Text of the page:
With the free agency deadline having come and gone, if moves haven't been made that you hoped would be made, there's really only one thing to remember.
Patience. As the saying goes, Rome wasn't built in a day.
Signing big-name players in free agency is only a small part of building a team, as you undoubtedly are aware. Trades are the exception these days, rather than a rule-of-thumb thanks to salary issues and cap restraints; evaluating collegiate players for the NFL Draft is another part of it, of course...but the Patriots have largely built much of their depth over the past several seasons through a shrewd evaluation of the bottom rung of the free agent ladder.
You can expect this formula to continue to play out in New England as the team begins to build itself for 2015. Free agents will be a part of this team, of course, as some will come from the outside and others will be re-signed to hang around for a few more years (see Devin McCourty). But one of the traits of the Patriot organization remaining competitive within the NFL has been the ability to recognize and sign players to provide quality depth. And much of that depth has come from players often overlooked by former teams, or players who go undrafted, or players who simply are driven to succeed and underutilized in their present situations.
The Patriots have a knack for finding these diamonds-in-the-rough, and perhaps no better example exists than Super Bowl hero Malcolm Butler – an undrafted free agent cornerback from Division II West Alabama, who was one of the final additions to the pre-season roster last summer. NFL.com's research found there were 12 free agents who started this year's Super Bowl game with Seattle (five from New England, two on the offensive line), and there were also 12 1st-round drafted players who started in the game as well.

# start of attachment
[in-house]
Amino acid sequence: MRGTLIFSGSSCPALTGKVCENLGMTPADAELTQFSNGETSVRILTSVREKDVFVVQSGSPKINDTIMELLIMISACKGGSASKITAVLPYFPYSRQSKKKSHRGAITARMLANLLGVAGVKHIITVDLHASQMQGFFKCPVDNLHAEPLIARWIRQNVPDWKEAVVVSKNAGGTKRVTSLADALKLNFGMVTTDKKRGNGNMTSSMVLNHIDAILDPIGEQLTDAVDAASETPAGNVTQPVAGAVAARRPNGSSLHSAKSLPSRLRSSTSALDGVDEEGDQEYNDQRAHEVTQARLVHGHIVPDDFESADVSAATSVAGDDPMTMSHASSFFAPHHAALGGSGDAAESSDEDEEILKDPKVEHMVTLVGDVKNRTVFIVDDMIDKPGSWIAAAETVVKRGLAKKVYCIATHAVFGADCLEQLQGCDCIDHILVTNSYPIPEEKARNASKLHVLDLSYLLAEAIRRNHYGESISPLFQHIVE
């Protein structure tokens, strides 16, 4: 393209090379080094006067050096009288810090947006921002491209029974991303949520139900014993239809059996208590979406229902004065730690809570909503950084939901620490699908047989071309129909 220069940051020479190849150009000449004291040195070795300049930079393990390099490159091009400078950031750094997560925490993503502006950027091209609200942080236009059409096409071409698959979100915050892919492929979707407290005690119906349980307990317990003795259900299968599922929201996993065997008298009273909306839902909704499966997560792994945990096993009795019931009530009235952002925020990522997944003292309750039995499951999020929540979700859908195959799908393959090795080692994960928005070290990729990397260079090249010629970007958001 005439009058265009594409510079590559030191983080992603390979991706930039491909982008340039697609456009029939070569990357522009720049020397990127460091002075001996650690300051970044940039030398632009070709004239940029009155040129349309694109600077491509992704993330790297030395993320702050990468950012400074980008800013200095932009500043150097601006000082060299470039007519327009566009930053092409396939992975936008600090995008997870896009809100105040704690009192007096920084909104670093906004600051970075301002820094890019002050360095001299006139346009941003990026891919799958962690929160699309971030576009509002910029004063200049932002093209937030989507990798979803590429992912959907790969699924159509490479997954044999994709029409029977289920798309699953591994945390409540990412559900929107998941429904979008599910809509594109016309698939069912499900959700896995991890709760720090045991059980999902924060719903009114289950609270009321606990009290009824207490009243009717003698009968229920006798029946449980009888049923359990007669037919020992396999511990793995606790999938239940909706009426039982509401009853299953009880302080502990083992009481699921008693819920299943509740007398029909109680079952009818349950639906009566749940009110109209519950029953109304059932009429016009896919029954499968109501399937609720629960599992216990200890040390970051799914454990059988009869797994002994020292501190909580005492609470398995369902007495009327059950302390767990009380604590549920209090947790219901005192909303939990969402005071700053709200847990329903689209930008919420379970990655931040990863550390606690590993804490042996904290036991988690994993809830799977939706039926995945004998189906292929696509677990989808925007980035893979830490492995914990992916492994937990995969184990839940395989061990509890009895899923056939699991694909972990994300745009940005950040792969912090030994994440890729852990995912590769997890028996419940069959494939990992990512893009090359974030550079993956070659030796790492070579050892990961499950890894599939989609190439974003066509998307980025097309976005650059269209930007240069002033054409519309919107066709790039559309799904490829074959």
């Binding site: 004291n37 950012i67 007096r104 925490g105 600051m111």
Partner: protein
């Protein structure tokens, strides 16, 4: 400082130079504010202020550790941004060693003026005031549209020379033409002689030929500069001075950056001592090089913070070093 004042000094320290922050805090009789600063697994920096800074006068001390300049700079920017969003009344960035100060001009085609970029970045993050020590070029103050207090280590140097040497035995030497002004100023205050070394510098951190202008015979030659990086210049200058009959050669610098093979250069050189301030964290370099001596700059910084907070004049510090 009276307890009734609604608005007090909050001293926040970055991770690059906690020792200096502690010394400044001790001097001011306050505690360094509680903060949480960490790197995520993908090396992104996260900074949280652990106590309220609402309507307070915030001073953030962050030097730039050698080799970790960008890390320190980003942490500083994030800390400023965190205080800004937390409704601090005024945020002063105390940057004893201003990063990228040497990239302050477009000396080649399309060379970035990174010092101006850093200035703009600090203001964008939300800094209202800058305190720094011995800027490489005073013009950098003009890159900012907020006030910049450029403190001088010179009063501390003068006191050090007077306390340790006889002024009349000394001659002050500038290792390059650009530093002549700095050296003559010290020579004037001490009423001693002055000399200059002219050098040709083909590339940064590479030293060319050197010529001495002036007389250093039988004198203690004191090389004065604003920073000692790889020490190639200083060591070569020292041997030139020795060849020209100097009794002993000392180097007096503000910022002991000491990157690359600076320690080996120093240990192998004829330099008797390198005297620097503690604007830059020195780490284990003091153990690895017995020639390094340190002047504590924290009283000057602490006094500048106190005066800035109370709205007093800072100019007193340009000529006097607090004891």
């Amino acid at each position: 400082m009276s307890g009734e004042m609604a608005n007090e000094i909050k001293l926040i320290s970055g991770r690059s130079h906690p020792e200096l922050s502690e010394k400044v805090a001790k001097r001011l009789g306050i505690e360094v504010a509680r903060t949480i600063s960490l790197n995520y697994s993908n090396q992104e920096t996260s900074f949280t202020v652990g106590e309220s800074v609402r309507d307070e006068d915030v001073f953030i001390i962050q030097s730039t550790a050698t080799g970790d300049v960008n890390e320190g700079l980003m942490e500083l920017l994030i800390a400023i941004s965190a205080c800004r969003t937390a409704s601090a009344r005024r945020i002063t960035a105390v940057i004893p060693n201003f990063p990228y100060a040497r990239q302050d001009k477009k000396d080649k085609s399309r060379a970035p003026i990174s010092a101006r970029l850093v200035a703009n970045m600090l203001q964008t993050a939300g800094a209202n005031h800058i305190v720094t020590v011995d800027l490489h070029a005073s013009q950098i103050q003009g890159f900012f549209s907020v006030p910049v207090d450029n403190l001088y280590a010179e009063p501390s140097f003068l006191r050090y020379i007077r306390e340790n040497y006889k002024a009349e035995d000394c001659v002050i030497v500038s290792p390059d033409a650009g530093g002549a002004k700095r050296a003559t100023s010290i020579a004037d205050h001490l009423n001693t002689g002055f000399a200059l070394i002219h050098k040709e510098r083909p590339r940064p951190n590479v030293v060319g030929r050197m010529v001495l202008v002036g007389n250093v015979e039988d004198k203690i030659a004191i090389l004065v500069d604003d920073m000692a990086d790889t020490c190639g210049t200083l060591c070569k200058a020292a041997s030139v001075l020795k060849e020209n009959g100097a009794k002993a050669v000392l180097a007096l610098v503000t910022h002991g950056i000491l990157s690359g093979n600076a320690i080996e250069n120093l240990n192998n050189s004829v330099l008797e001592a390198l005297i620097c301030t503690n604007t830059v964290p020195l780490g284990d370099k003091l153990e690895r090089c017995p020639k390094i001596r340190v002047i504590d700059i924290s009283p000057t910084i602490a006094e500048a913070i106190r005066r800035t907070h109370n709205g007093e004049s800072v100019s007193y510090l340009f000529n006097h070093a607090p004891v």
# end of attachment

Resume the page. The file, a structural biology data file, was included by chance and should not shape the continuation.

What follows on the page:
Sometimes, you just never know where the talent will come from. And sometimes, it seems like the Patriots' roster is full of guys no one else wanted.
The proof of success, however, comes in the final results. Undrafted free agents might not catch your eye like the big names, but they play a huge part in roster construction. Ryan Wendell, Dan Connolly, Kyle Arrington and Ryan Allen all had their moments contributing to a championship team this season past.
Understand, having a solid foundation of players outside of the glamour guys is necessary for a team to remain competitive year in and year out. Grabbing a glamour guy might get the headlines, might get fans jump-started on the new year, might increase expectations all-around. But it also might not pan out – and cost a team precious dollars against the salary cap. The Patriots aren't necessarily penny-pinchers – they'll play at or near top-of-the-market salaries, but will only do so for the right players. The key here is they've been right more than they've been wrong.
"I tell the team that I don't care how you got here, it's what you do when you get here. It doesn't matter if you were drafted in the second round, the fifth round, or not drafted at all," Belichick said to a question posed at the Combine a few years ago. What matters, of course, is how they play when they get to New England. The Patriots aren't perfect in personnel decisions – no team is. But they certainly do the job well enough to remain relevant as a contender in the NFL.